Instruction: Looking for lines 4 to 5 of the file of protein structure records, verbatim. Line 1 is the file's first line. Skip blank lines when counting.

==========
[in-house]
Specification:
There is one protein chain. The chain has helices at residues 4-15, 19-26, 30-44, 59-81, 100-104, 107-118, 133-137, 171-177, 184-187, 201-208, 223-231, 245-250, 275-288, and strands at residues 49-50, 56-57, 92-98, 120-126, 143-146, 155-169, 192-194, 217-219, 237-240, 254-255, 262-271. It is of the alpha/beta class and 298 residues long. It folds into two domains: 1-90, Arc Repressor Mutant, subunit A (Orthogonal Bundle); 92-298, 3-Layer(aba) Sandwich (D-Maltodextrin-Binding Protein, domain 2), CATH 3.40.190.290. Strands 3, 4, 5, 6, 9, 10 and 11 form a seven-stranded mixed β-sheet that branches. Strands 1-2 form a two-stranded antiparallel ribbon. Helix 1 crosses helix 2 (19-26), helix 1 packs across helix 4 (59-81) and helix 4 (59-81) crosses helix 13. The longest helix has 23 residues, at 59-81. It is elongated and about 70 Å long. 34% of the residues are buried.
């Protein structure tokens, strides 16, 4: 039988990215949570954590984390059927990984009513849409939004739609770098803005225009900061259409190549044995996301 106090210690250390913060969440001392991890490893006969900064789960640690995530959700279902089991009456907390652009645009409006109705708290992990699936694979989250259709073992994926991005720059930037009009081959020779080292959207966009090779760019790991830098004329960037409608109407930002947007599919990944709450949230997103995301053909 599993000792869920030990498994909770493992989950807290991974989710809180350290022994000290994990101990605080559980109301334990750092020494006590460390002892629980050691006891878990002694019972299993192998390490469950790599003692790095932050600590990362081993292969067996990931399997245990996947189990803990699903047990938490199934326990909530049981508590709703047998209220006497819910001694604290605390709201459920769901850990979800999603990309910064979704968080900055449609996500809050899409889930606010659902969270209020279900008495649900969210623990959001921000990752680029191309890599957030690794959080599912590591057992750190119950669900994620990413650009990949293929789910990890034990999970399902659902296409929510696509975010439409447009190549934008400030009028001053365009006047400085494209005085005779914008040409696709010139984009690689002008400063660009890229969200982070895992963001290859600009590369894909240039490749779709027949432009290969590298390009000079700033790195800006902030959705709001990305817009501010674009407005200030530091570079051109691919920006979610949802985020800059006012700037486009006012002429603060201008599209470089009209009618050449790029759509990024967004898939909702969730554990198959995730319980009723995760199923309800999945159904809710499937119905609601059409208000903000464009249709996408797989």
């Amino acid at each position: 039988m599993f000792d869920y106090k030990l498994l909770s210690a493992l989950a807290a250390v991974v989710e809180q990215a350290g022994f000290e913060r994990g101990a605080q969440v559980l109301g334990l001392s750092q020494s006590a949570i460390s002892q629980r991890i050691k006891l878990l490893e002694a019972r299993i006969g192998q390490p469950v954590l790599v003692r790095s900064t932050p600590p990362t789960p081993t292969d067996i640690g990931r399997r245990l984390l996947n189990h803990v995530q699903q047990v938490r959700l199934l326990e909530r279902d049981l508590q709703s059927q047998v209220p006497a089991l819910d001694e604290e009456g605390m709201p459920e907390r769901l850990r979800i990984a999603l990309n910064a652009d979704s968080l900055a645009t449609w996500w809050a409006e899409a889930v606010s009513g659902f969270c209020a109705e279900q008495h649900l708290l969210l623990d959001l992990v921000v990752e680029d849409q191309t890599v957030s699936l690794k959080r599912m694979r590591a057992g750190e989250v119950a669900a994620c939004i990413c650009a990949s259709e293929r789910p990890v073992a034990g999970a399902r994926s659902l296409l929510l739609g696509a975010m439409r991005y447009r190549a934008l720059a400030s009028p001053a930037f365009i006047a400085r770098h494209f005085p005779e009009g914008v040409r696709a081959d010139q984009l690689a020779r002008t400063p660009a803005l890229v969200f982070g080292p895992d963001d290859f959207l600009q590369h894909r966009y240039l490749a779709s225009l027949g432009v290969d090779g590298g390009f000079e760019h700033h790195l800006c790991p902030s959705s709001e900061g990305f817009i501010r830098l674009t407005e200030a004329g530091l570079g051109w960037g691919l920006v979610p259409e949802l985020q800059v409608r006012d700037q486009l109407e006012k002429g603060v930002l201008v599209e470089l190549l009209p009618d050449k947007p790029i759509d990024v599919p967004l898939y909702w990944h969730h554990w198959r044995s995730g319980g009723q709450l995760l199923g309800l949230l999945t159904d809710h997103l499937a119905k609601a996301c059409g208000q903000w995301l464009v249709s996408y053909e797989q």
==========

């Protein structure tokens, strides 16, 4: 039988990215949570954590984390059927990984009513849409939004739609770098803005225009900061259409190549044995996301 106090210690250390913060969440001392991890490893006969900064789960640690995530959700279902089991009456907390652009645009409006109705708290992990699936694979989250259709073992994926991005720059930037009009081959020779080292959207966009090779760019790991830098004329960037409608109407930002947007599919990944709450949230997103995301053909 599993000792869920030990498994909770493992989950807290991974989710809180350290022994000290994990101990605080559980109301334990750092020494006590460390002892629980050691006891878990002694019972299993192998390490469950790599003692790095932050600590990362081993292969067996990931399997245990996947189990803990699903047990938490199934326990909530049981508590709703047998209220006497819910001694604290605390709201459920769901850990979800999603990309910064979704968080900055449609996500809050899409889930606010659902969270209020279900008495649900969210623990959001921000990752680029191309890599957030690794959080599912590591057992750190119950669900994620990413650009990949293929789910990890034990999970399902659902296409929510696509975010439409447009190549934008400030009028001053365009006047400085494209005085005779914008040409696709010139984009690689002008400063660009890229969200982070895992963001290859600009590369894909240039490749779709027949432009290969590298390009000079700033790195800006902030959705709001990305817009501010674009407005200030530091570079051109691919920006979610949802985020800059006012700037486009006012002429603060201008599209470089009209009618050449790029759509990024967004898939909702969730554990198959995730319980009723995760199923309800999945159904809710499937119905609601059409208000903000464009249709996408797989």
């Amino acid at each position: 039988m599993f000792d869920y106090k030990l498994l909770s210690a493992l989950a807290a250390v991974v989710e809180q990215a350290g022994f000290e913060r994990g101990a605080q969440v559980l109301g334990l001392s750092q020494s006590a949570i460390s002892q629980r991890i050691k006891l878990l490893e002694a019972r299993i006969g192998q390490p469950v954590l790599v003692r790095s900064t932050p600590p990362t789960p081993t292969d067996i640690g990931r399997r245990l984390l996947n189990h803990v995530q699903q047990v938490r959700l199934l326990e909530r279902d049981l508590q709703s059927q047998v209220p006497a089991l819910d001694e604290e009456g605390m709201p459920e907390r769901l850990r979800i990984a999603l990309n910064a652009d979704s968080l900055a645009t449609w996500w809050a409006e899409a889930v606010s009513g659902f969270c209020a109705e279900q008495h649900l708290l969210l623990d959001l992990v921000v990752e680029d849409q191309t890599v957030s699936l690794k959080r599912m694979r590591a057992g750190e989250v119950a669900a994620c939004i990413c650009a990949s259709e293929r789910p990890v073992a034990g999970a399902r994926s659902l296409l929510l739609g696509a975010m439409r991005y447009r190549a934008l720059a400030s009028p001053a930037f365009i006047a400085r770098h494209f005085p005779e009009g914008v040409r696709a081959d010139q984009l690689a020779r002008t400063p660009a803005l890229v969200f982070g080292p895992d963001d290859f959207l600009q590369h894909r966009y240039l490749a779709s225009l027949g432009v290969d090779g590298g390009f000079e760019h700033h790195l800006c790991p902030s959705s709001e900061g990305f817009i501010r830098l674009t407005e200030a004329g530091l570079g051109w960037g691919l920006v979610p259409e949802l985020q800059v409608r006012d700037q486009l109407e006012k002429g603060v930002l201008v599209e470089l190549l009209p009618d050449k947007p790029i759509d990024v599919p967004l898939y909702w990944h969730h554990w198959r044995s995730g319980g009723q709450l995760l199923g309800l949230l999945t159904d809710h997103l499937a119905k609601a996301c059409g208000q903000w995301l464009v249709s996408y053909e797989q």